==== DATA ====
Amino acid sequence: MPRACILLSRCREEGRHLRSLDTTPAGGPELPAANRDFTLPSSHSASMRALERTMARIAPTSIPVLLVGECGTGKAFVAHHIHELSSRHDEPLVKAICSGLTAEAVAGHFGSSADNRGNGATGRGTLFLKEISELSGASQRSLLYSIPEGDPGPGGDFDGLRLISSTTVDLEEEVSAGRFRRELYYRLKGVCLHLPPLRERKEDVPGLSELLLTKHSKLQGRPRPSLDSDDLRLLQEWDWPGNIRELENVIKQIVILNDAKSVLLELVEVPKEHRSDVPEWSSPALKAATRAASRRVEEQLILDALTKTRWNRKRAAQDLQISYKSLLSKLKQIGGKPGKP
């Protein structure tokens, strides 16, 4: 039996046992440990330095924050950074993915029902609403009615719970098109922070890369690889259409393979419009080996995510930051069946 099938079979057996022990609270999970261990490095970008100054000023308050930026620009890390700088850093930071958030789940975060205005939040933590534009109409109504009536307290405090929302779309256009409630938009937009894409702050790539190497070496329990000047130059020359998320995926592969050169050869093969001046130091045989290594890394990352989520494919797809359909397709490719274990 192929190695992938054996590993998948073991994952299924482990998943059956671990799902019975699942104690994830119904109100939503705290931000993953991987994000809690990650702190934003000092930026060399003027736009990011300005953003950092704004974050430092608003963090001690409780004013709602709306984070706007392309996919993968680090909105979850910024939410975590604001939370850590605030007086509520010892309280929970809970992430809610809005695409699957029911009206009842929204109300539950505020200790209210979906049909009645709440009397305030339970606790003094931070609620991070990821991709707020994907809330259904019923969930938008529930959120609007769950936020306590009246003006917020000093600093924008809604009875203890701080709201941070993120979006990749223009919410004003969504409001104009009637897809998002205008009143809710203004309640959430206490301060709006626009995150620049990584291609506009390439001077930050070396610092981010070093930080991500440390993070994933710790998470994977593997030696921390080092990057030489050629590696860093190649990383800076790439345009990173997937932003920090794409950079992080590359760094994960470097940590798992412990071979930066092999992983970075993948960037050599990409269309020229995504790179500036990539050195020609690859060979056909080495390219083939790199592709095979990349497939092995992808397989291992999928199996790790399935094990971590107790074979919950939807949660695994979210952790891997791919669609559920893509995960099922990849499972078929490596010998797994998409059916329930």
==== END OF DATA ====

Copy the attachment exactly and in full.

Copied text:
Amino acid sequence: MPRACILLSRCREEGRHLRSLDTTPAGGPELPAANRDFTLPSSHSASMRALERTMARIAPTSIPVLLVGECGTGKAFVAHHIHELSSRHDEPLVKAICSGLTAEAVAGHFGSSADNRGNGATGRGTLFLKEISELSGASQRSLLYSIPEGDPGPGGDFDGLRLISSTTVDLEEEVSAGRFRRELYYRLKGVCLHLPPLRERKEDVPGLSELLLTKHSKLQGRPRPSLDSDDLRLLQEWDWPGNIRELENVIKQIVILNDAKSVLLELVEVPKEHRSDVPEWSSPALKAATRAASRRVEEQLILDALTKTRWNRKRAAQDLQISYKSLLSKLKQIGGKPGKP
């Protein structure tokens, strides 16, 4: 039996046992440990330095924050950074993915029902609403009615719970098109922070890369690889259409393979419009080996995510930051069946 099938079979057996022990609270999970261990490095970008100054000023308050930026620009890390700088850093930071958030789940975060205005939040933590534009109409109504009536307290405090929302779309256009409630938009937009894409702050790539190497070496329990000047130059020359998320995926592969050169050869093969001046130091045989290594890394990352989520494919797809359909397709490719274990 192929190695992938054996590993998948073991994952299924482990998943059956671990799902019975699942104690994830119904109100939503705290931000993953991987994000809690990650702190934003000092930026060399003027736009990011300005953003950092704004974050430092608003963090001690409780004013709602709306984070706007392309996919993968680090909105979850910024939410975590604001939370850590605030007086509520010892309280929970809970992430809610809005695409699957029911009206009842929204109300539950505020200790209210979906049909009645709440009397305030339970606790003094931070609620991070990821991709707020994907809330259904019923969930938008529930959120609007769950936020306590009246003006917020000093600093924008809604009875203890701080709201941070993120979006990749223009919410004003969504409001104009009637897809998002205008009143809710203004309640959430206490301060709006626009995150620049990584291609506009390439001077930050070396610092981010070093930080991500440390993070994933710790998470994977593997030696921390080092990057030489050629590696860093190649990383800076790439345009990173997937932003920090794409950079992080590359760094994960470097940590798992412990071979930066092999992983970075993948960037050599990409269309020229995504790179500036990539050195020609690859060979056909080495390219083939790199592709095979990349497939092995992808397989291992999928199996790790399935094990971590107790074979919950939807949660695994979210952790891997791919669609559920893509995960099922990849499972078929490596010998797994998409059916329930």